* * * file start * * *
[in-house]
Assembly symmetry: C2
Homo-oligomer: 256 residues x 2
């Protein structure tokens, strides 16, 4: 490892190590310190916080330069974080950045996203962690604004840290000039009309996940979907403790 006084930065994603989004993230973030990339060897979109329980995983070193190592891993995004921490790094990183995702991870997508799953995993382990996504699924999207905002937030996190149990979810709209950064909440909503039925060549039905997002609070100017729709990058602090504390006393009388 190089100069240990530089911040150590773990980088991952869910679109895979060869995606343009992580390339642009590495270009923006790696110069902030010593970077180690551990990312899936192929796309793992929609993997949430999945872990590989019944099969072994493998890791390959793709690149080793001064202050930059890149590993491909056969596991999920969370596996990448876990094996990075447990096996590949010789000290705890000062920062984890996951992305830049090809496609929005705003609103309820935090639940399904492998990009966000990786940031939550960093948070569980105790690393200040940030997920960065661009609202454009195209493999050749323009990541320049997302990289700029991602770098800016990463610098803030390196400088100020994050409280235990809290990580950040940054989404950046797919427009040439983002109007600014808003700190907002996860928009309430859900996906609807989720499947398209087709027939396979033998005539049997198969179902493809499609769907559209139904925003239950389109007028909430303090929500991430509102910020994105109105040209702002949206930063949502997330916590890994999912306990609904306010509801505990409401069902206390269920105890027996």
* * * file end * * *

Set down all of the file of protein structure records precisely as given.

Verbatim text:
[in-house]
Assembly symmetry: C2
Homo-oligomer: 256 residues x 2
């Protein structure tokens, strides 16, 4: 490892190590310190916080330069974080950045996203962690604004840290000039009309996940979907403790 006084930065994603989004993230973030990339060897979109329980995983070193190592891993995004921490790094990183995702991870997508799953995993382990996504699924999207905002937030996190149990979810709209950064909440909503039925060549039905997002609070100017729709990058602090504390006393009388 190089100069240990530089911040150590773990980088991952869910679109895979060869995606343009992580390339642009590495270009923006790696110069902030010593970077180690551990990312899936192929796309793992929609993997949430999945872990590989019944099969072994493998890791390959793709690149080793001064202050930059890149590993491909056969596991999920969370596996990448876990094996990075447990096996590949010789000290705890000062920062984890996951992305830049090809496609929005705003609103309820935090639940399904492998990009966000990786940031939550960093948070569980105790690393200040940030997920960065661009609202454009195209493999050749323009990541320049997302990289700029991602770098800016990463610098803030390196400088100020994050409280235990809290990580950040940054989404950046797919427009040439983002109007600014808003700190907002996860928009309430859900996906609807989720499947398209087709027939396979033998005539049997198969179902493809499609769907559209139904925003239950389109007028909430303090929500991430509102910020994105109105040209702002949206930063949502997330916590890994999912306990609904306010509801505990409401069902206390269920105890027996």